Sunday 29 May 2016



  1. One of the reasons I don't darken their door.
    The way they treat their workers and the managements attitude to customers leaves a helluva lot to be desired.

    1. Have to say that I've found their staff (with some exceptions) to be the least helpful of all the major supermarkets. I have a family member who works for them, and I know that their personnel policies stink.

  2. Well it does ensure that the bosses and shareholders get their bonuses and dividends.

    1. Yes, it seems to, although they had a bit of a scare back a couple of years ago!!!

  3. This is exactly what the Tories where pointing out for the entire lifetime of the New Labour years! And it's why we're raising the income tax threshold and the minimum wage far higher than anything Labour ever managed.

    Now you're seeing things like a blue Tris! :P

    1. *were not where (it's early morning where I am...and I've still to have my morning coffee/fag)

    2. I suppose we can add this to the deregulation of the banks as another great Blair/Brown wheeze.

    3. Well now Sean. There's a thing. Fancy me being a true blue!!!

      I seriously object to the way that Labour, the Coalition and the Tories stigmatise people who collect benefits and quote the massive social security (they all call it welfare, it makes it more demeaning) bill as a way of shocking the blue rinse brigade.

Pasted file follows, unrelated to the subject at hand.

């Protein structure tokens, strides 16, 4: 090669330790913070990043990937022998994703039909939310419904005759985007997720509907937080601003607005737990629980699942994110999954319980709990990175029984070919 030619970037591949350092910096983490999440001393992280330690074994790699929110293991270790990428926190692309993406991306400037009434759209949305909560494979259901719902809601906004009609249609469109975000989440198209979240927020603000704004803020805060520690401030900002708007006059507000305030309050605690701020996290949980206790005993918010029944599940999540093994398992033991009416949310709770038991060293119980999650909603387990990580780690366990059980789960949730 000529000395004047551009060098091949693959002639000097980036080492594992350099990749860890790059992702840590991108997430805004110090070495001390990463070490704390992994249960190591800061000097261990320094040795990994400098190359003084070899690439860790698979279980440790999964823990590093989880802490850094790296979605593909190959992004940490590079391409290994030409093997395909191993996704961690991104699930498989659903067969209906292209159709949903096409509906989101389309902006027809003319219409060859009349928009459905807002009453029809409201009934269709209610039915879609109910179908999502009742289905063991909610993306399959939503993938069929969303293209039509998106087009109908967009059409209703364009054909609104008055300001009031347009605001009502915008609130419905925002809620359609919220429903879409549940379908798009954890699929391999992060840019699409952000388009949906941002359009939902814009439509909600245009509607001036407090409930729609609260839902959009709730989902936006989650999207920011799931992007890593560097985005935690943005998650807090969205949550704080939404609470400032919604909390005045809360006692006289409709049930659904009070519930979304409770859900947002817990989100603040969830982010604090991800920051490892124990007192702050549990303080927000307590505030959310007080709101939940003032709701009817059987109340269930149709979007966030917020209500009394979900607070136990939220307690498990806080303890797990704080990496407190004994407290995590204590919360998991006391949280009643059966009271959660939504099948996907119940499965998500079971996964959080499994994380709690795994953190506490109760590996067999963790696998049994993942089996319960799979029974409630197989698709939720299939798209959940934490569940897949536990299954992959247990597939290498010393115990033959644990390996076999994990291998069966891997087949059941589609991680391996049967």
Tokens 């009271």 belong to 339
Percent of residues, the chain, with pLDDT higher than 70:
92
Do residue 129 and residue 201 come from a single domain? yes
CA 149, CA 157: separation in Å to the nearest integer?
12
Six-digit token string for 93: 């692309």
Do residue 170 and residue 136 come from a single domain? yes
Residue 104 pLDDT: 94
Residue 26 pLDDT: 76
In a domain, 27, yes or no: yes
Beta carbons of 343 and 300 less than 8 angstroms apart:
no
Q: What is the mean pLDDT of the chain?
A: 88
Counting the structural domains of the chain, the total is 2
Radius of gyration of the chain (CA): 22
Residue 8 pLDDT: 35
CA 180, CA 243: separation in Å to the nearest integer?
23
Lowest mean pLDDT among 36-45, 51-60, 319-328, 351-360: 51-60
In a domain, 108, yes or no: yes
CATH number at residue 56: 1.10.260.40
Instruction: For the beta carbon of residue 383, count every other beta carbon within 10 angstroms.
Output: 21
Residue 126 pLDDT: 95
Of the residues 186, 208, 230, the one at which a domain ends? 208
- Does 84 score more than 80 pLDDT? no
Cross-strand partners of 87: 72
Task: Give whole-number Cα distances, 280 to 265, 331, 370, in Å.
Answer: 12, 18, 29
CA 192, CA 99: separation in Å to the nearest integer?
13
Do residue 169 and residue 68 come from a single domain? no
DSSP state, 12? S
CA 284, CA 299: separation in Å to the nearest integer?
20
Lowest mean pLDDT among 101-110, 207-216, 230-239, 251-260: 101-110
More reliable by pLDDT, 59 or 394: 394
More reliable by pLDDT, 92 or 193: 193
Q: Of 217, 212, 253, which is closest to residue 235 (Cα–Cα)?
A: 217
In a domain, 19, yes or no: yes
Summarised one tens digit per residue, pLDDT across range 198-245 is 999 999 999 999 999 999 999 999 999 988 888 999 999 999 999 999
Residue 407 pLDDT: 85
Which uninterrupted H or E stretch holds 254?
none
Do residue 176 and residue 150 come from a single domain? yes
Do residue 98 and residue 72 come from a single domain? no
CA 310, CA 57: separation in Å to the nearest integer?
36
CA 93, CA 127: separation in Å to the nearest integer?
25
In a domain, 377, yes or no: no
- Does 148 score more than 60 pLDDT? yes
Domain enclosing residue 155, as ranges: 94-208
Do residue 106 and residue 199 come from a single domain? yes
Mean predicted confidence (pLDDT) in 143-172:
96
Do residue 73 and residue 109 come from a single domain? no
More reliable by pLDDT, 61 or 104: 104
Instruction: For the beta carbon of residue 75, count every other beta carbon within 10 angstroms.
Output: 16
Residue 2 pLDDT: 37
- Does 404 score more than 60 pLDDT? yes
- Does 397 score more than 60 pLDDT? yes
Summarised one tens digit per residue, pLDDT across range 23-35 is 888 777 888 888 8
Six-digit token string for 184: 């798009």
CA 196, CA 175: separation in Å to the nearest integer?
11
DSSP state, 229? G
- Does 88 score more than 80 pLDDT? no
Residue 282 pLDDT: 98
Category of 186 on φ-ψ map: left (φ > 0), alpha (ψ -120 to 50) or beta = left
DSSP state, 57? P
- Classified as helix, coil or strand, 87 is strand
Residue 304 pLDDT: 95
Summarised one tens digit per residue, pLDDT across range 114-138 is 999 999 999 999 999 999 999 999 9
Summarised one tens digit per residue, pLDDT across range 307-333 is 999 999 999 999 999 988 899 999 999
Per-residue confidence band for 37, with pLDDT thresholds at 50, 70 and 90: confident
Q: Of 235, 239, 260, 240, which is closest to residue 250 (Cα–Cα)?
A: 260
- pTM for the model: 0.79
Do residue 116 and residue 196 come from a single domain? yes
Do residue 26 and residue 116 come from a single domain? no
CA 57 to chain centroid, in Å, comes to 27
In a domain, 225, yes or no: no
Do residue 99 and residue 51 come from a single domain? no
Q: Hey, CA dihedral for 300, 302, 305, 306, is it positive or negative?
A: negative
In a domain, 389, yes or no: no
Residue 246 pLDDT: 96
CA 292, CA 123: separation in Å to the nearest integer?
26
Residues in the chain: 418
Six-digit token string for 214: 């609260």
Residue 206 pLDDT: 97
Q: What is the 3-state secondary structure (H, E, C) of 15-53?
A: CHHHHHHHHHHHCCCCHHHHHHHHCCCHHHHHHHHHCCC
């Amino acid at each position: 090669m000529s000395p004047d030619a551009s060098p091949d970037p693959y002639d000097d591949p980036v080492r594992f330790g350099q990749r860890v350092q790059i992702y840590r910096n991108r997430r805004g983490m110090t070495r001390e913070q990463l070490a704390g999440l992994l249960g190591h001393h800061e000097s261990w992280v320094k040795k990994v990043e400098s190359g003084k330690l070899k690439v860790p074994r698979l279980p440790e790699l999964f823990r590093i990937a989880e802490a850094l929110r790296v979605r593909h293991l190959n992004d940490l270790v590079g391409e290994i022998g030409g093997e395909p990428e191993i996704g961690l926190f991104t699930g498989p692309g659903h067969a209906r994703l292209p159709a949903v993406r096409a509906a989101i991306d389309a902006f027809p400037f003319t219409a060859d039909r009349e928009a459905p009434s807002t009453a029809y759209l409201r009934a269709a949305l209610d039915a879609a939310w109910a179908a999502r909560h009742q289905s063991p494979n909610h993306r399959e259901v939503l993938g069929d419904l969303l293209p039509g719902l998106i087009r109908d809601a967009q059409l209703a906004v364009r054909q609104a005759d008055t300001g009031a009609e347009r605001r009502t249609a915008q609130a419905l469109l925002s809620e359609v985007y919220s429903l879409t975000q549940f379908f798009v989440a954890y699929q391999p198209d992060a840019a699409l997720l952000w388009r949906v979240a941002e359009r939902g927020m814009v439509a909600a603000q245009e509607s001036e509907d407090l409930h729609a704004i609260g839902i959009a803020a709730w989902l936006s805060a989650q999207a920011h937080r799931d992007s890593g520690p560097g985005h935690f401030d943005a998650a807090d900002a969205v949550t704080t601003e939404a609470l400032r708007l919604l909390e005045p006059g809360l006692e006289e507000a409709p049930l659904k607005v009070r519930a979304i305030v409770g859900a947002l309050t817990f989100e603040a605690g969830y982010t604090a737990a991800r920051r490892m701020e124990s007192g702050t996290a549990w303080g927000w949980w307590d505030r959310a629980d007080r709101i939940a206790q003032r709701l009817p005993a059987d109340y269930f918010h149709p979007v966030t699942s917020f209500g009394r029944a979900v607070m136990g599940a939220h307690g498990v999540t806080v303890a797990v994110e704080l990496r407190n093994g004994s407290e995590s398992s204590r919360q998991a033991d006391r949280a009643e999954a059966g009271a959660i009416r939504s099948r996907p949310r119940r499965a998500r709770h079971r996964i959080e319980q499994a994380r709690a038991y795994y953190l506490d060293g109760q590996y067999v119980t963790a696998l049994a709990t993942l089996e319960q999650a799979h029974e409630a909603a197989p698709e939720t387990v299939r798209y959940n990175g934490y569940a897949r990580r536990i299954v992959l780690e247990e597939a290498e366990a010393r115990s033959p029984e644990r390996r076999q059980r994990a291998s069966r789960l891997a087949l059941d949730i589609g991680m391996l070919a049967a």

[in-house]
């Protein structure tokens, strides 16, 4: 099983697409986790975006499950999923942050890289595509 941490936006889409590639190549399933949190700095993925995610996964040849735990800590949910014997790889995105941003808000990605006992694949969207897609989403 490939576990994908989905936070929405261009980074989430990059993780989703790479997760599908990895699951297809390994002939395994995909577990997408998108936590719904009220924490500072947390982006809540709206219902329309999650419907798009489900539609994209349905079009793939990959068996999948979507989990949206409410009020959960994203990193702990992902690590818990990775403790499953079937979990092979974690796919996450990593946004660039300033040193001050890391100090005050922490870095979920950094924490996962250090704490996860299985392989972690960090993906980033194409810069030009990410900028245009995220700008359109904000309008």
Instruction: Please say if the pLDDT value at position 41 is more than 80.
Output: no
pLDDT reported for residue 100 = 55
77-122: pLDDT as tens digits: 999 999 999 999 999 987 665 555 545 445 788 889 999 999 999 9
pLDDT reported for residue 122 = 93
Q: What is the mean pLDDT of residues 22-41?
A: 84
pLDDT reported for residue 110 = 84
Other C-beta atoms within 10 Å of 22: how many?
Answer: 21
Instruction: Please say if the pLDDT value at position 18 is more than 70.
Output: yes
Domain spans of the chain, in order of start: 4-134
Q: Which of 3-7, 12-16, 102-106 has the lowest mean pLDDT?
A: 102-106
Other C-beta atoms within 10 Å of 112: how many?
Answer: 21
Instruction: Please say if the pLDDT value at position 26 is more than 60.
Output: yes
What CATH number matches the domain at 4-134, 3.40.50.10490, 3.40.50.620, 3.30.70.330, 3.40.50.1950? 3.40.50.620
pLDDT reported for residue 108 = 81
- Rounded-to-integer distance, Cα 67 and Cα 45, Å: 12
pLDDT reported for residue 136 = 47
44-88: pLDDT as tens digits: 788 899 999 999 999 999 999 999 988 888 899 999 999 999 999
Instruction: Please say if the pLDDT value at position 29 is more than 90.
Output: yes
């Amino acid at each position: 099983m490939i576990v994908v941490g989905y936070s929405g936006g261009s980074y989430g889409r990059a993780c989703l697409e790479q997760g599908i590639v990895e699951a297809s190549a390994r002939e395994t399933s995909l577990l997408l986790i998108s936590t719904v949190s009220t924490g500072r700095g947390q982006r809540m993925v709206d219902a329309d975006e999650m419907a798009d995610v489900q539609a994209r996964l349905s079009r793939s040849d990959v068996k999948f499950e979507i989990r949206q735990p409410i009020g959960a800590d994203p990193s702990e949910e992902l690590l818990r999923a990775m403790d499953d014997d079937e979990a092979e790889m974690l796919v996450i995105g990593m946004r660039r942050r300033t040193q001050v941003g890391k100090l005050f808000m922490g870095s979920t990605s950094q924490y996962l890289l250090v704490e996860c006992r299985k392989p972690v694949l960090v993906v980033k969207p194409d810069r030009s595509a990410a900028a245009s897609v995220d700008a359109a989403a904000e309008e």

The biggest "burden" on social security is pensions, which they should have, but didn't, fund out of oil (as Norway did). The next is housing benefit and working tax credits (some of the HB goes to pensioners whose pensions are too low for them to live on).

      We could get rid of that overnight by putting pensions up to the rate of say Jersey or Guernsey, having a minimum wage that actually represented the reality of the cost of living, and controlling rents (at least at the "affordable" range of the market). I welcome the increase in tax free allowance, although it is still so much less than it should be. By the internationally accepted measure of poverty the poverty level in the UK is around £16,000 pa. I'd propose that no one pay income tax until they are above the poverty level.